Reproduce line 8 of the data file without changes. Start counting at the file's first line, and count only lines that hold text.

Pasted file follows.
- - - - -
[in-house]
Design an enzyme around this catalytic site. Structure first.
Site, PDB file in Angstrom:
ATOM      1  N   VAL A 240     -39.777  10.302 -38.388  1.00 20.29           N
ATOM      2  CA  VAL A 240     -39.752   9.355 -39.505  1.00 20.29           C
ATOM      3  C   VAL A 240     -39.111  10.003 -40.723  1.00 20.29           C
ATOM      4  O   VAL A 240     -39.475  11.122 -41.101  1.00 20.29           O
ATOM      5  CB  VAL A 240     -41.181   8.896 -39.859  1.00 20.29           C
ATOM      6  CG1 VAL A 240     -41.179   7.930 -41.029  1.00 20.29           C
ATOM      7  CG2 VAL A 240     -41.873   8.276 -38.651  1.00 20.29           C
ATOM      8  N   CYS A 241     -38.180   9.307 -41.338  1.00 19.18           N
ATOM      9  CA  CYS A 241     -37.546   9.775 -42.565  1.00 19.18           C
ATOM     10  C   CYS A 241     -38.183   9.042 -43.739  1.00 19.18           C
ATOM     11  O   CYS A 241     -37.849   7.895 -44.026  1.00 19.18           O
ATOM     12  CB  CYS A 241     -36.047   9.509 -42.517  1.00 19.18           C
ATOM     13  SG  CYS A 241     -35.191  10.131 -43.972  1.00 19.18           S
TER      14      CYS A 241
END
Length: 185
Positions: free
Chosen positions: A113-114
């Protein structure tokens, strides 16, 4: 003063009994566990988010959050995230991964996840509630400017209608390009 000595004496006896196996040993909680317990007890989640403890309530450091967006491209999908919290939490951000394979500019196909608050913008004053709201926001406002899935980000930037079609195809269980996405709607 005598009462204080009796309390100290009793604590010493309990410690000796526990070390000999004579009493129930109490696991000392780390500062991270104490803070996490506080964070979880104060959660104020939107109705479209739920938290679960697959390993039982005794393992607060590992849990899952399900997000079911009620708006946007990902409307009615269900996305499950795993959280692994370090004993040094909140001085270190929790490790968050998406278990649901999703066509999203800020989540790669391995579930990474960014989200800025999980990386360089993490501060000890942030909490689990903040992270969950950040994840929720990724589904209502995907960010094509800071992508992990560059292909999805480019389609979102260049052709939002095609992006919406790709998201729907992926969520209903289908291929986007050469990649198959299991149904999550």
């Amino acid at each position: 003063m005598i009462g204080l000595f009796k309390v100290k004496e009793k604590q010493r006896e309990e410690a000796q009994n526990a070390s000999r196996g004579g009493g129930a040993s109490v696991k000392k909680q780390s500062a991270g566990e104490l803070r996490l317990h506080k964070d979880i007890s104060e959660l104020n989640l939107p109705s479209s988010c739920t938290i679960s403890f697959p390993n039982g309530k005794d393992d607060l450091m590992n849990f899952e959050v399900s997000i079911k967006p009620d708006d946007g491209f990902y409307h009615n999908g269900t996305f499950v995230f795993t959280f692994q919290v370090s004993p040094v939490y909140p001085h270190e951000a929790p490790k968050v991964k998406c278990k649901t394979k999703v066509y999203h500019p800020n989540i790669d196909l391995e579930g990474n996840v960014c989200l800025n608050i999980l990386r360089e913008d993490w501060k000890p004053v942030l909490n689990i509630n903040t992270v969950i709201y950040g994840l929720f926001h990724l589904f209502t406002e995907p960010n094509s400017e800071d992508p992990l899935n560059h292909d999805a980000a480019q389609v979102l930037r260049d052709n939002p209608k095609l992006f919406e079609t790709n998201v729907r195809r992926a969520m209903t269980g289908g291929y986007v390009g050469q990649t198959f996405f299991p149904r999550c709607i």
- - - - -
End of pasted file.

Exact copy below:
ATOM      5  CB  VAL A 240     -41.181   8.896 -39.859  1.00 20.29           C